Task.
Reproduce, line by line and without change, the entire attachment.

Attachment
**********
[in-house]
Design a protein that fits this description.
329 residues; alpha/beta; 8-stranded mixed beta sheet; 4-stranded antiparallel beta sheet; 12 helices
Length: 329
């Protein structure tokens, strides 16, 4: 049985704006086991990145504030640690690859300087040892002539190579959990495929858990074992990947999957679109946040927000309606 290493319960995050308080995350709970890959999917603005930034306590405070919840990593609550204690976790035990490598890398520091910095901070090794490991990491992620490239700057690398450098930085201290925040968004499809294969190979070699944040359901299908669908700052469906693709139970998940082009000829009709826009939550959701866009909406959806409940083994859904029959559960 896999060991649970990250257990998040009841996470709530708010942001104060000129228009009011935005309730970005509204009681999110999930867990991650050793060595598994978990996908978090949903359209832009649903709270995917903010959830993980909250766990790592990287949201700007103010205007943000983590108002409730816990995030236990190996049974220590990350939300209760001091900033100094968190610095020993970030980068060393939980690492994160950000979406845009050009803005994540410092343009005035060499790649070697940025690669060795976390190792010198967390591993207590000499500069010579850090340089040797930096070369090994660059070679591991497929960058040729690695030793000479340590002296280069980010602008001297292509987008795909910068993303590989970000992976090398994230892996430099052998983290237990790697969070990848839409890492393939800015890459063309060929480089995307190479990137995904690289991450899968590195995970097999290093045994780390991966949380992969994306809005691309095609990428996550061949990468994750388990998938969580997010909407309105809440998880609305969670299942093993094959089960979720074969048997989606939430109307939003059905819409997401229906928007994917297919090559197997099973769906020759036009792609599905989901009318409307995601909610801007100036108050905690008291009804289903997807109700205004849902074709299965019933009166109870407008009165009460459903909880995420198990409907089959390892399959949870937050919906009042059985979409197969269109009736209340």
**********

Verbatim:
[in-house]
Design a protein that fits this description.
329 residues; alpha/beta; 8-stranded mixed beta sheet; 4-stranded antiparallel beta sheet; 12 helices
Length: 329
């Protein structure tokens, strides 16, 4: 049985704006086991990145504030640690690859300087040892002539190579959990495929858990074992990947999957679109946040927000309606 290493319960995050308080995350709970890959999917603005930034306590405070919840990593609550204690976790035990490598890398520091910095901070090794490991990491992620490239700057690398450098930085201290925040968004499809294969190979070699944040359901299908669908700052469906693709139970998940082009000829009709826009939550959701866009909406959806409940083994859904029959559960 896999060991649970990250257990998040009841996470709530708010942001104060000129228009009011935005309730970005509204009681999110999930867990991650050793060595598994978990996908978090949903359209832009649903709270995917903010959830993980909250766990790592990287949201700007103010205007943000983590108002409730816990995030236990190996049974220590990350939300209760001091900033100094968190610095020993970030980068060393939980690492994160950000979406845009050009803005994540410092343009005035060499790649070697940025690669060795976390190792010198967390591993207590000499500069010579850090340089040797930096070369090994660059070679591991497929960058040729690695030793000479340590002296280069980010602008001297292509987008795909910068993303590989970000992976090398994230892996430099052998983290237990790697969070990848839409890492393939800015890459063309060929480089995307190479990137995904690289991450899968590195995970097999290093045994780390991966949380992969994306809005691309095609990428996550061949990468994750388990998938969580997010909407309105809440998880609305969670299942093993094959089960979720074969048997989606939430109307939003059905819409997401229906928007994917297919090559197997099973769906020759036009792609599905989901009318409307995601909610801007100036108050905690008291009804289903997807109700205004849902074709299965019933009166109870407008009165009460459903909880995420198990409907089959390892399959949870937050919906009042059985979409197969269109009736209340």